Minicabit, a London-based cab booking app, has raised a significant chunk of funds from two high-profile investors: Dominic Murphy and Marek Gumienny. While Murphy is a director at Alliance Boots and The Hut Group apart from heading the UK and Ireland operations for KKR, Gumienny, former chairman at Candover Partners, is currently a director at investment firm 24 Haymarket.
The deal follows Minicabit's mopping up of £1.4m (€1.9m, $2.1m) from financiers including Oakley Capital and Hambro Perks in October. The funds will be used to finance the company's mission –"empower the legacy cab trade to compete, especially at the higher value end of the market" – and to expand beyond the 40 cities it currently operates in, according to Amer Hasan, founder and chief executive of Minicabit.
Hasan, former head of apps at Vodafone Global, added that the company was on track to earn annual revenues of £100m by 2020 and aims to increase its fleet size from the current 700 to 1,000. "We have been moving towards breaking even for quite a while now and we generated our first net pre-tax profit over the summer – that's no mean feat. This means we can raise money for opportunities now rather than just to survive," Hasan said.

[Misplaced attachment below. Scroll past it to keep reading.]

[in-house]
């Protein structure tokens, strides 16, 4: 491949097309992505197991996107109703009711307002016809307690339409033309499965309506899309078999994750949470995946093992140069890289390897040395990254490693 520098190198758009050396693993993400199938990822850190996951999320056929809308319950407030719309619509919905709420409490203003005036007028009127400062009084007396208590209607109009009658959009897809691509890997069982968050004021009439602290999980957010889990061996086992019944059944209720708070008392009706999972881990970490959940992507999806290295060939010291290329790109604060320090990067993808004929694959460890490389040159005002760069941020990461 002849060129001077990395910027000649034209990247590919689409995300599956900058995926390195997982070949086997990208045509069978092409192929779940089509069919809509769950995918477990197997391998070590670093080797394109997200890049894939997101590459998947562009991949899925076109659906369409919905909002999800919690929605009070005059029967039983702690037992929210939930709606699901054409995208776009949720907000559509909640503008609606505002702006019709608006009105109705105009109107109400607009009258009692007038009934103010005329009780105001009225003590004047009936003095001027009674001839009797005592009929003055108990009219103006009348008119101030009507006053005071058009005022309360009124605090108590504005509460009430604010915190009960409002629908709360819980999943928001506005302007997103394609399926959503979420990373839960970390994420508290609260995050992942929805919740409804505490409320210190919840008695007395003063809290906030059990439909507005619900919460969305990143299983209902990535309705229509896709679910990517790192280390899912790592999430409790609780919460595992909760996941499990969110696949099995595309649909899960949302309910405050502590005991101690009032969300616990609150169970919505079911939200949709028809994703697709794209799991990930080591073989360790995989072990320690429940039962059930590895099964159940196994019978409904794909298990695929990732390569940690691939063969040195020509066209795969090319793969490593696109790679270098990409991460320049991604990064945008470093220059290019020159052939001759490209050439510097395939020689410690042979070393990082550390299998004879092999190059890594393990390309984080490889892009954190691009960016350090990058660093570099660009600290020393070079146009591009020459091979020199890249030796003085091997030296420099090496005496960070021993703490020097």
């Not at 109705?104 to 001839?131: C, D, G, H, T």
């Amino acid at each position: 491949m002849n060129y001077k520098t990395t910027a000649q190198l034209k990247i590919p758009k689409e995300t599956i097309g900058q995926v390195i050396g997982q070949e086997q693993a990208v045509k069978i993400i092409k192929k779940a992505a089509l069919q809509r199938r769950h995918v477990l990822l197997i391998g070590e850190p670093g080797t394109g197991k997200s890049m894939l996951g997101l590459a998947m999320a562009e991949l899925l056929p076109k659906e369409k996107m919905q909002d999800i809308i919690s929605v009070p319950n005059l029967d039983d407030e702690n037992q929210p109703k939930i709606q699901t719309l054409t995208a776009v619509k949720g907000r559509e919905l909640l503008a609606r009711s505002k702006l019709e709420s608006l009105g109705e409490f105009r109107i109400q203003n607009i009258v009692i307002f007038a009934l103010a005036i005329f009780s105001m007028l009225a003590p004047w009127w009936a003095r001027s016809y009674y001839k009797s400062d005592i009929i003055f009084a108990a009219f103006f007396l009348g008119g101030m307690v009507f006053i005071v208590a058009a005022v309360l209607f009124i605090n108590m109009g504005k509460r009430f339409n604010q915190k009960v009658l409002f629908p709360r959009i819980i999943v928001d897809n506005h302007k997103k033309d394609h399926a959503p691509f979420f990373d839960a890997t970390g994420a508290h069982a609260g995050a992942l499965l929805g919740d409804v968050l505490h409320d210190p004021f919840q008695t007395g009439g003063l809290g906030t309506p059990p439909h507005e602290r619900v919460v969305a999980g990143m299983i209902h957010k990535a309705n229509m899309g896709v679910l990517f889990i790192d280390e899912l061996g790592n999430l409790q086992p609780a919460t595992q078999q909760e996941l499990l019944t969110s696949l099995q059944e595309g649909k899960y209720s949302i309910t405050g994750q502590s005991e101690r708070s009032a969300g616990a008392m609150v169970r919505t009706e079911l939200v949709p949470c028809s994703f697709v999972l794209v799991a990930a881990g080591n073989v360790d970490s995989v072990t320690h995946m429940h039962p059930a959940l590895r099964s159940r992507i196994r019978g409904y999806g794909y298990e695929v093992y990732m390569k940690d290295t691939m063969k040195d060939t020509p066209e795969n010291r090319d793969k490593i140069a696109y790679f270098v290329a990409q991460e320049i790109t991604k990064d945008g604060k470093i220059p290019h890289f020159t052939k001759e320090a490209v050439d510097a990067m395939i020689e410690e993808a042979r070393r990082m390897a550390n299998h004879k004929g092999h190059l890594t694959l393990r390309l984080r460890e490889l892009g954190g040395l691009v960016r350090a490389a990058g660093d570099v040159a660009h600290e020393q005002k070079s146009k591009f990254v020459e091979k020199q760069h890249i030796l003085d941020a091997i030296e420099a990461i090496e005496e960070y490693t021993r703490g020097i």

Minicabit allows users to compare a range of real-time quotes from cab providers across the UK and choose the one that suits their requirement.
Competition and regulation
Competition among taxi apps has intensified in recent times, all in an effort to beat Uber. The sector has also become over-crowded because of an increase in on-demand services that allow users to book cars directly using their smartphones. Direct competitors include Kabbee, another price comparison app, and Addison Lee, the UK's largest minicab firm.
The business of the entire private cab hire sector could be negatively impacted by possible introduction of new regulations by Transport for London, a local government body responsible for most aspects of the transport system in Greater London in England. The proposed regulations include a minimum waiting time of five minutes from when a private cab is booked to its arrival, and banning drivers who work for more than one operator at a time.
Hasan called the proposals impractical. "In practice, these regulations will be very hard to police. I can't see Britain ever supporting something that's less efficient for the customer. Ultimately, the consumer will win."